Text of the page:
Last fall Lincoln Electric replaced its venerable PowerMIG 215 with an upgrade -- one number in the model name -- with the 216. The new machine sports improved electronics for arc stability at varying working wire lengths, and is quite handy working in hard-to-reach areas when welding isn't as simple as on a bench.
The 216's pedigree reads like this:
* 30-250 amp welding range from a 7-tap transformer and an infinitely variable wire speed control from 50 to 700 inches per minute.
* Input power requirements are 220VAC and a 50-amp circuit.
* Duty cycle at various outputs: 30% at 216 amps; 40% at 190 amps; 60% at 170 amps.
* Comes mounted on a tall-wheel dolly and casters and is equipped with chain-secure easy-to-load cylinder rack.
* Includes regulators for argon blend shielding gas and a thread-plumbed supply hose to connect the gas supply to the welder.
* Handles .025 to .045 solid or cored electrode wire, and welds from 22 gauge sheet metal up to 1/2 inch mild steel. The 216 is also easily adaptable to Lincoln's spool gun for use on aluminum. (We didn't try that option).
* Out of the box assembly includes installation of gas supply hose, mounting of 10-44 lb. wire spool, and connecting to a power source.
When I unboxed the 216, I was welding within an hour and was immediately impressed with how easy it is to make good welds (some of them even pretty)!
Between Christmas and New Year's Day I used the 216 to add a 1/2-inch rebar loop to the hitch on my garden tractor to better pull a clevis-pin tongue cart; built a boat dolly for a friend, and built a steel-frame picnic table for my daughter.
Picnic table with steel frame and all-weather 2X4 top and seats.
My holiday projects were fairly light duty for the 216, but we did do some overlap and butt welds on 3/8-inch steel plates, and it passed with flying colors there.
In all cases, I found the 216 very easy to use, and quite able to maintain a good, steady arc, despite my less-than-professional skills. The boat dolly and table were made from a mixture of new and "weathered" 14-gauge square tubing. Using the 216's on-board application chart, it was easy to select the right wire speed and current supply for that "frying bacon" sound that rolls a wire puddle into a weld like applying fresh caulk.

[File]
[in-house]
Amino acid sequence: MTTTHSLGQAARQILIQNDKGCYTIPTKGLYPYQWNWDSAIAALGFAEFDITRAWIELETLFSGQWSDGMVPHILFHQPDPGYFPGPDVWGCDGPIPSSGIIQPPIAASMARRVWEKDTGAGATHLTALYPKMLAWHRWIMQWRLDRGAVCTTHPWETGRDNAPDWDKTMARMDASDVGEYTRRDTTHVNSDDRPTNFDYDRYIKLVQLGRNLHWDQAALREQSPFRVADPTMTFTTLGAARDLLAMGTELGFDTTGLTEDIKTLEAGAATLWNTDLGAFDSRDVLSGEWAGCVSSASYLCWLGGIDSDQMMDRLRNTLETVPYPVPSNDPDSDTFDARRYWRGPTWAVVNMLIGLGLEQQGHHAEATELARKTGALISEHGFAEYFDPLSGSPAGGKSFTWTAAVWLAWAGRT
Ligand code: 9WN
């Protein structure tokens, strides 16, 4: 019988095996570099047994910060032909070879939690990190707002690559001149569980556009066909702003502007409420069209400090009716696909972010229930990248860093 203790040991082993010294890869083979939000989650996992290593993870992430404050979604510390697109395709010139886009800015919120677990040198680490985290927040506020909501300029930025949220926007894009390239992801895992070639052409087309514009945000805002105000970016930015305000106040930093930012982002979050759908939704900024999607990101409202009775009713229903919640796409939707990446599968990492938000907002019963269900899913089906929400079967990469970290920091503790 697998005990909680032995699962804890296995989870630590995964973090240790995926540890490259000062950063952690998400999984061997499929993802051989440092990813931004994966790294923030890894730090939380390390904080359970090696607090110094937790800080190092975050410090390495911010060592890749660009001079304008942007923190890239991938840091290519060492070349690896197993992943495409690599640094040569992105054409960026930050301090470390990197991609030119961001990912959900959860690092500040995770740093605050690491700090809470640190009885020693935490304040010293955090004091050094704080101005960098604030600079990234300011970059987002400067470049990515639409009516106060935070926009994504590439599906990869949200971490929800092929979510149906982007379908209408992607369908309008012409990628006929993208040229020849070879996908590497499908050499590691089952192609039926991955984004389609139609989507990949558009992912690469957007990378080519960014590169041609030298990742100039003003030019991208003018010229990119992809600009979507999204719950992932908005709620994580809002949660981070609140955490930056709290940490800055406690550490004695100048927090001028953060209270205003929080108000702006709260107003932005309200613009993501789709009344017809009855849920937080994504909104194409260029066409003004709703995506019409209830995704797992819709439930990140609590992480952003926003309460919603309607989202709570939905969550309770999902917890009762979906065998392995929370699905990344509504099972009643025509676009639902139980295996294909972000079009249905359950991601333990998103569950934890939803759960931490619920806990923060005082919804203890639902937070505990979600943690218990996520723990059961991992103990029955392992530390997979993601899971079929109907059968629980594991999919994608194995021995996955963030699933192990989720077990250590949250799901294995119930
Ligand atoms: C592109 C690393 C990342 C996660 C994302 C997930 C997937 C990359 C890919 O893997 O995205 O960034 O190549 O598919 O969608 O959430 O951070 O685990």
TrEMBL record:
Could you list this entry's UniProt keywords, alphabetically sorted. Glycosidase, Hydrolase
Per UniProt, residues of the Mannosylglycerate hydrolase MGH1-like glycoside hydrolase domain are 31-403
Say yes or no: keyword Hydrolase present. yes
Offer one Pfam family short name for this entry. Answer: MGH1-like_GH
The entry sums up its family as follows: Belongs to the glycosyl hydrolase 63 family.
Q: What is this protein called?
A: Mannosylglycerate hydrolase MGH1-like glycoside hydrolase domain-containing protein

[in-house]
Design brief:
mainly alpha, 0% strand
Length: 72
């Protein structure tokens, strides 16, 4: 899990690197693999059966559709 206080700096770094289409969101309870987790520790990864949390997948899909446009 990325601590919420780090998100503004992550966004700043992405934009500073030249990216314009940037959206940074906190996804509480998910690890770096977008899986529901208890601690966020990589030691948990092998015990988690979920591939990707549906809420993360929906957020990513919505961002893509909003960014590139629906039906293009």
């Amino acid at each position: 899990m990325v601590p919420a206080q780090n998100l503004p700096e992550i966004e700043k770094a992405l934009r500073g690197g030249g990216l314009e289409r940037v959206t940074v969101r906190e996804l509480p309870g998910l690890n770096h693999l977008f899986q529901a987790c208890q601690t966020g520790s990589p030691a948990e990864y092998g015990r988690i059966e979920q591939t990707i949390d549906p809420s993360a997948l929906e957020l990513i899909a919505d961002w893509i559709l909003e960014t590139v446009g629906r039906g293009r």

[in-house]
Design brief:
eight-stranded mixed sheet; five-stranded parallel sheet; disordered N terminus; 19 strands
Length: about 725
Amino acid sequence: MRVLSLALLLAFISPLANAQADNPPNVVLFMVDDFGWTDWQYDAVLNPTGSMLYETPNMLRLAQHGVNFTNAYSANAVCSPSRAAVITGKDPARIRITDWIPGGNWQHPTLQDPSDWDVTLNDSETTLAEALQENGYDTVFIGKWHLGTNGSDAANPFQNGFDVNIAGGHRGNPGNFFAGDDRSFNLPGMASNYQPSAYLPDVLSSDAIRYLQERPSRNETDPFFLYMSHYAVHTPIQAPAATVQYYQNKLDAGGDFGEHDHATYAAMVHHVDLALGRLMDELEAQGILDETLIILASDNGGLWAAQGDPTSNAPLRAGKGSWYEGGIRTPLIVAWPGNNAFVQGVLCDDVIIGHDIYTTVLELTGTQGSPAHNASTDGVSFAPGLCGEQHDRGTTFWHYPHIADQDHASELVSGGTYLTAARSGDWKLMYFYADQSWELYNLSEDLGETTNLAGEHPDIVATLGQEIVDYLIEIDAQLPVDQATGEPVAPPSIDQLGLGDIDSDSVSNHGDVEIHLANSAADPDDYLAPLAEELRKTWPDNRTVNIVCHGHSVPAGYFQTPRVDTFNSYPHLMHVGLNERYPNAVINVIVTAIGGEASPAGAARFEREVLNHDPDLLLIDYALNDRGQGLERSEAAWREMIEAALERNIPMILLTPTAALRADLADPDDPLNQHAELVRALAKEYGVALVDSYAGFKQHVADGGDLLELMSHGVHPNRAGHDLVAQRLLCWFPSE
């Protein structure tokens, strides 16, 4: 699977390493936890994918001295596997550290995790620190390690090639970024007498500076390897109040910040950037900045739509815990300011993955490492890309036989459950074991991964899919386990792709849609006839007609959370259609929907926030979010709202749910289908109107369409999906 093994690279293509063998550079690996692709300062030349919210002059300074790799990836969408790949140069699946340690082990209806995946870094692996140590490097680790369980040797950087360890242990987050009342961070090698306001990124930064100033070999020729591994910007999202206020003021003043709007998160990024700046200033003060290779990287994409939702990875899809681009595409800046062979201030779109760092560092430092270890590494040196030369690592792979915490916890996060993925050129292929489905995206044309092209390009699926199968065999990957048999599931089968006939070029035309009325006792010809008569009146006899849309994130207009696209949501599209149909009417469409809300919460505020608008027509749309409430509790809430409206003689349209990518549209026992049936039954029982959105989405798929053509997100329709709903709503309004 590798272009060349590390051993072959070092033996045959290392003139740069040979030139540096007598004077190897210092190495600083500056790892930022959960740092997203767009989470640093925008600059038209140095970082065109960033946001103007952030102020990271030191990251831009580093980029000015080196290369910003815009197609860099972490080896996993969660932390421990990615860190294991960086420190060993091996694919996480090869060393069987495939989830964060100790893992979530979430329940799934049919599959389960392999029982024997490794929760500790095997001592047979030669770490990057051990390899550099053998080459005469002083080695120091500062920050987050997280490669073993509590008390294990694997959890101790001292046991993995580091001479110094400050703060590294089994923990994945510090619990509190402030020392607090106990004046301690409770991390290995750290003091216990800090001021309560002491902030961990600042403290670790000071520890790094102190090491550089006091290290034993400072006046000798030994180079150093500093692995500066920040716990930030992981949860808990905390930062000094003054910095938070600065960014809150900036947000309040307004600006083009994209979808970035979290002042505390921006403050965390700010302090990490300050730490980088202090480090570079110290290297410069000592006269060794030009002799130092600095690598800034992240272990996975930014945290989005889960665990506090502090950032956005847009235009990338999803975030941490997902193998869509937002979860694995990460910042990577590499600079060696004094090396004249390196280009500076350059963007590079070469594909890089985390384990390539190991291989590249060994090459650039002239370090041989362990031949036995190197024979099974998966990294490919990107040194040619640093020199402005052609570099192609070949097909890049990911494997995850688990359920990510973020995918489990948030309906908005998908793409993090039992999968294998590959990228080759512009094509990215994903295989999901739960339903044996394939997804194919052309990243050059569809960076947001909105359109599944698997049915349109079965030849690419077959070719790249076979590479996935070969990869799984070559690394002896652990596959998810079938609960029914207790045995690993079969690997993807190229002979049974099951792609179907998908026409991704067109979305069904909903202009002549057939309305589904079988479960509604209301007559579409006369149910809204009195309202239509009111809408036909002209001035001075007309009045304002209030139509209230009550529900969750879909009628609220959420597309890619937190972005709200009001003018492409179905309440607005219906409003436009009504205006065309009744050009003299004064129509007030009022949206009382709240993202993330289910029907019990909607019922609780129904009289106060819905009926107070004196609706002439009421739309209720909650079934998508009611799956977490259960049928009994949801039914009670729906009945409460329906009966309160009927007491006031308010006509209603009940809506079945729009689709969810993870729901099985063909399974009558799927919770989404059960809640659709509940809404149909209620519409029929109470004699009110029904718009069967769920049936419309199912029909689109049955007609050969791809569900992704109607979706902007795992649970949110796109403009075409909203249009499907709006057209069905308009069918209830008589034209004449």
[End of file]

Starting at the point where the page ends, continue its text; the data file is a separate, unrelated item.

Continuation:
This boat dolly went together in less than three hours, and that included cutting the material.
And, when I did get too close to a thin edge on a 45-degree cut, the inevitable (for me) hole burned through. Yet, with just a one-step reduction in current and a tweak of the wire speed, hole repair was easy -- much easier than with a number of smaller MIG welders I've used. The 216 truly has a wide range of application and the improvements it features over older machines of any color are quite evident.
Lincoln ships the machine with the "coil claw" a sturdy sheet metal hanger that bolts to the right side of the cabinet which makes a handy place to hang the "stinger" while it's not in use. Also, on top of the 216 is a built-in compartment for keeping consumables, tape measures, chalk sticks, etc., where you can find them.
I used a 10-pound coil of .035 solid wire for my projects, and found the installation and wire feeding to be quite straight forward. I was a little concerned that sometimes the MIG wire uncoils into the very nice cast aluminum feed head at an angle, and there seemed to be no way to center the wire with the spool I was using. Still, throughout my use of the machine there was never a feeding hitch whatsoever.
The upgraded feed head and dual-track rollers are industrial grade, but then, this is a professional model welder. No plastic involved and the tracking pressure adjustment is precise and easy to use.
The 216 has an industrial price of $1878 and will weigh in right at 256 lbs. when you take delivery. For more information, visit: www.lincolnelectric.com.